Tuesday, August 18, 2009

The Perils of Perfectionism

What could possibly be the downfalls of perfectionism? Paying attention to details, getting everything just right - that's a good thing, isn't it? If one doesn't get too obsessive about it, there are definite benefits. There is nothing wrong with creating work that reflects technical skill in one's field and that is professionally and neatly finished. However, the strive for perfection can also cause paralysis, inaction, stress, feelings of frustration, and lack of satisfaction with the end result. Ask me how I know.

I have only become aware of my tendency toward perfectionism in the past few years. And I have realized that, at times, it can be a problem for me with my art. I want everything I create to be a wonderful work of art. This has caused me to sit and stare at a piece for days because I was afraid to "ruin" it. It has also stifled experimentation, because I felt that I didn't want to "waste" my time not really creating anything. When I have experimented, oftentimes I haven't been satisfied with the results. They didn't meet my high standards and weren't "good enough".

Becoming aware of my tendencies toward perfectionism has helped me overcome some of the negatives. And over the past few years, I have really made an effort to take that next step on a piece of art and not worry about "ruining" it. I have also allowed myself more time for trying out new techniques and that has helped my art grow and evolve. Despite all this, I continually have to monitor my thoughts to override some of those old messages.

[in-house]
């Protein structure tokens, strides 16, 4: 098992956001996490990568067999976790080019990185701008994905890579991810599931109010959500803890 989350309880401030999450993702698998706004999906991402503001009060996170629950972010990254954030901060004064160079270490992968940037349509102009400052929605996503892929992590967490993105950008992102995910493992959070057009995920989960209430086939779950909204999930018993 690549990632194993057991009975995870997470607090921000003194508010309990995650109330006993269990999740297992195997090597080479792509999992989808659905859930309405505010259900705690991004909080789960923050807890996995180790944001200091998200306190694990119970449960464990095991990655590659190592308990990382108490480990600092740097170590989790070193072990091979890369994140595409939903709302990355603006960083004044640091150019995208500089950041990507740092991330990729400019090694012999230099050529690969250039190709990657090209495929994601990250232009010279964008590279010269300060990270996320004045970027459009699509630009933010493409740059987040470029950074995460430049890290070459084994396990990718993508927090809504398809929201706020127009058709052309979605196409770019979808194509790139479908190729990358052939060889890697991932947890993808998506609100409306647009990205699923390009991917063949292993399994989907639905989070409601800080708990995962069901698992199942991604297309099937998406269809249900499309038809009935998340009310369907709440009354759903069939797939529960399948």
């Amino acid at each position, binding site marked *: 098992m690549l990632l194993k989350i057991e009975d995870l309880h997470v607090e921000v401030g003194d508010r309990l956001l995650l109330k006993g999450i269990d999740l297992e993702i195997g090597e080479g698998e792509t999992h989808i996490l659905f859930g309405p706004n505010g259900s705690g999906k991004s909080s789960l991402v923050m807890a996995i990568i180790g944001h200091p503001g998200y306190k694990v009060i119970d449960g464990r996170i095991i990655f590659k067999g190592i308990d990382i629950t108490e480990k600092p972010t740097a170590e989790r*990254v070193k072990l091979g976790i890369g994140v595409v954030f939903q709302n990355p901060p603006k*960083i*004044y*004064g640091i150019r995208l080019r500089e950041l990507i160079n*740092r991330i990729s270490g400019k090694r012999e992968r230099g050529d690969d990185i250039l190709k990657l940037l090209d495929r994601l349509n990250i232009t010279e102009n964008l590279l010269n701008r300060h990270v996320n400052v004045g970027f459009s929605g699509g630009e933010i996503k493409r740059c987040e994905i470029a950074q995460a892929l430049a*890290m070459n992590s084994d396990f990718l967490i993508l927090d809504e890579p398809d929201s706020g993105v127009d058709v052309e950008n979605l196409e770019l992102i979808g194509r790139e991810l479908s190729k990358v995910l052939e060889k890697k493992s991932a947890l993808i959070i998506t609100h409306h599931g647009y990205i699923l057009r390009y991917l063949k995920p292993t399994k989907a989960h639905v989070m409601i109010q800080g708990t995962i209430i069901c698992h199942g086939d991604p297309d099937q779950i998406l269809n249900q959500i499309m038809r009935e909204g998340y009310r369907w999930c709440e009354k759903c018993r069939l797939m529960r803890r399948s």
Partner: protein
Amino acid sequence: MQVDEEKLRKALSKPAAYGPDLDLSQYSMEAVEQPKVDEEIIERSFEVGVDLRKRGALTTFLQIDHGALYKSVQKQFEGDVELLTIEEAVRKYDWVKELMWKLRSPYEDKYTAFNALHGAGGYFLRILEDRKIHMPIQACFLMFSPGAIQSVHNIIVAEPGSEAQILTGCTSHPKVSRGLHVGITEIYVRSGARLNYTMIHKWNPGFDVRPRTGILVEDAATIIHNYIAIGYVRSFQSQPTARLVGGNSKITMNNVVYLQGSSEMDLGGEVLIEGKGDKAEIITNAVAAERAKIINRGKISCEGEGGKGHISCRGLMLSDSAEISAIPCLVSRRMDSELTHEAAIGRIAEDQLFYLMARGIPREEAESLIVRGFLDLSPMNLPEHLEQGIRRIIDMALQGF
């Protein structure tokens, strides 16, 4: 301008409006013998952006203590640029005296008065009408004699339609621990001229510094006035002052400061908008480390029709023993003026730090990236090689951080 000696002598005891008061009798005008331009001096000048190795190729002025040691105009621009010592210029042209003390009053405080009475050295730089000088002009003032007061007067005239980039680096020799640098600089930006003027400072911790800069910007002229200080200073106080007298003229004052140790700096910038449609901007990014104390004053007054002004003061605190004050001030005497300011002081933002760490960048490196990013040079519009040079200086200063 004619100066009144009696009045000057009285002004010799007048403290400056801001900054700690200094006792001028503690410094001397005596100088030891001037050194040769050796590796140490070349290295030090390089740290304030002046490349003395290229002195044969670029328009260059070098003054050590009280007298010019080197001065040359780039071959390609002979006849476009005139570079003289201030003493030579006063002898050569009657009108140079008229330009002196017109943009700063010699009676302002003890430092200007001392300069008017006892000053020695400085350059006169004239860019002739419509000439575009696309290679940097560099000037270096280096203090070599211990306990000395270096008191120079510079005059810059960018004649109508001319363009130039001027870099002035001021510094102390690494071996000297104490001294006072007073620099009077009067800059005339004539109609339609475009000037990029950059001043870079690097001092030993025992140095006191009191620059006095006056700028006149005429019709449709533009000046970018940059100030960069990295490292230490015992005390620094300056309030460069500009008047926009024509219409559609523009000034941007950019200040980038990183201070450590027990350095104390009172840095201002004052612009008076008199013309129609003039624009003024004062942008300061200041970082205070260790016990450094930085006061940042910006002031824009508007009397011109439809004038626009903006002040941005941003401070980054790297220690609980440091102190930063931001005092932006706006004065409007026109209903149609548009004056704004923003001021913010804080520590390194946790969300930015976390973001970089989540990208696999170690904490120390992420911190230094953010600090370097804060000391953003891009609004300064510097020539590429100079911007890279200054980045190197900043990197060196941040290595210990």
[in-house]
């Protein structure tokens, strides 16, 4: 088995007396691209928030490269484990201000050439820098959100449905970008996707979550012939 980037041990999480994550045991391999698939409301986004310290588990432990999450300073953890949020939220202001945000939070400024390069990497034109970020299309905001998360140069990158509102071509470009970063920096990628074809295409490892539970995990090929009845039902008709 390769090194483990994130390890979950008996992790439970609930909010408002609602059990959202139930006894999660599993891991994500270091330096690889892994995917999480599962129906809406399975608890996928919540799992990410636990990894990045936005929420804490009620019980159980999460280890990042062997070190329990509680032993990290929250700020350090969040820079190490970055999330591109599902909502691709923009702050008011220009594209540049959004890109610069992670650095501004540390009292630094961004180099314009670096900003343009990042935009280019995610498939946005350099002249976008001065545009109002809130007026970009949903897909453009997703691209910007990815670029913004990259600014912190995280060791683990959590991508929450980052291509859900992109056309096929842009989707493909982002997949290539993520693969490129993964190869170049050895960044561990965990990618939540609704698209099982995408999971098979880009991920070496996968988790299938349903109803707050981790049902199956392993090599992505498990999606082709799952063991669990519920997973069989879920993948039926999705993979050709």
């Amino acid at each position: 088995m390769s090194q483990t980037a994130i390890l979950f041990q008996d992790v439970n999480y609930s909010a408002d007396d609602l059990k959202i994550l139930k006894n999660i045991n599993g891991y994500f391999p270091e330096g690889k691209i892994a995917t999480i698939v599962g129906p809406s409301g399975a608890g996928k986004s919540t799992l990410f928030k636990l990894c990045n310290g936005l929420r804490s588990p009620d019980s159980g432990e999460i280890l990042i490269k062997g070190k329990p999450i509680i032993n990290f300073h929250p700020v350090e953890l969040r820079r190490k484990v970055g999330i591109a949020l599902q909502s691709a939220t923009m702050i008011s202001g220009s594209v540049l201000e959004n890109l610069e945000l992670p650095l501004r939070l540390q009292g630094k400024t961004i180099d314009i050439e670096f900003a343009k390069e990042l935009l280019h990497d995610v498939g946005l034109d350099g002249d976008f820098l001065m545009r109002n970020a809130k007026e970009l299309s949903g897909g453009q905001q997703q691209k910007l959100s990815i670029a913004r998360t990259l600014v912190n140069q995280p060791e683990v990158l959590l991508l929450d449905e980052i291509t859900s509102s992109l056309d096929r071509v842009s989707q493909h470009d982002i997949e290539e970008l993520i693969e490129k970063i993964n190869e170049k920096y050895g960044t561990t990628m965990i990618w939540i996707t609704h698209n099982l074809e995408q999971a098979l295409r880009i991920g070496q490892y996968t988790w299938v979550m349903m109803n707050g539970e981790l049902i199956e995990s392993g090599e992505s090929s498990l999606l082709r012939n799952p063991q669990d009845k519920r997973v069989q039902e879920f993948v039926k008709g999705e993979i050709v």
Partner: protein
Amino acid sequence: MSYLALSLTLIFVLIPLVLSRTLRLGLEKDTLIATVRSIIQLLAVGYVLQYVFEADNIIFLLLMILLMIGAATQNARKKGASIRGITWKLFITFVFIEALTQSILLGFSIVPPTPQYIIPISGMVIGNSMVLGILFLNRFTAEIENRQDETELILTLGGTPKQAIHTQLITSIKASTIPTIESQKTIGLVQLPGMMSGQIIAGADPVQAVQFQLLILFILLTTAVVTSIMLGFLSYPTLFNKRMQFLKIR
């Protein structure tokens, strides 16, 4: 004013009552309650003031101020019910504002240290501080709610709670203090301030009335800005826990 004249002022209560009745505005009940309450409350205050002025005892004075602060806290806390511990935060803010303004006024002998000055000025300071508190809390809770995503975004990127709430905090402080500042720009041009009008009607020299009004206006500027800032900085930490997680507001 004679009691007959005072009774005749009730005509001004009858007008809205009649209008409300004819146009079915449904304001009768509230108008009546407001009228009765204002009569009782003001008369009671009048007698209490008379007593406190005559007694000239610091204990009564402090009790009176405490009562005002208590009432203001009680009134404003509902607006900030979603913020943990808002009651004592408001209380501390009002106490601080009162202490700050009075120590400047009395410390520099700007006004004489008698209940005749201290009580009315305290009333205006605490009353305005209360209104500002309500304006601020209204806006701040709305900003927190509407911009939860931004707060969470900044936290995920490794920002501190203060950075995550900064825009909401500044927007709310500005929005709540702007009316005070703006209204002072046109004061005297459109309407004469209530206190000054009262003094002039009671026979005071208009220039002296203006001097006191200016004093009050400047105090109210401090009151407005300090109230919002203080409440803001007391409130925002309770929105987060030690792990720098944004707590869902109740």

I had a wonderful breakthrough last week in working on a project. It was a commission, so I put even more pressure on myself. It wasn't just about my satisfaction with the end result, I wanted my client to be satisfied as well. After I dyed the piece, I was a little disappointed. It wasn't "perfect", because it did not look exactly like the vision that was in my head. I toyed with the idea of handpainting the cloth to try to get closer to my vision. I waffled back and forth for a few days about whether to leave it or change it. Then, I had an insight one morning. I realized that the cloth was exactly as it should be. I had made some last minute changes from my plan during the actual dyeing. I had followed my intuition in doing so. I strongly respect my intuition and so I let myself trust in the guidance I received as I created the cloth. When I reached that decision, the stress melted away and I felt at peace with the cloth as it was.

Since then, I have worked on several other pieces and felt a similar letting go. Things that I would have been dissatisfied with in the past didn't bother me. Things that I would have spent hours trying to "fix", I surrendered with an exhale of my breathe. Does that mean I have relaxed my quality standards? No, I'm not saying that I am overlooking sloppy workmanship. The things I have decided to overlook are so minor, no one else would notice. For example, on one piece the border is slightly wider on one side of the cloth (by about 1/16 of an inch). I noticed it, but no one else did. Maybe there is something to be said for letting go of perfectionism. I feel lighter and less stressed. This may be just a temporary madness, but I hope not.

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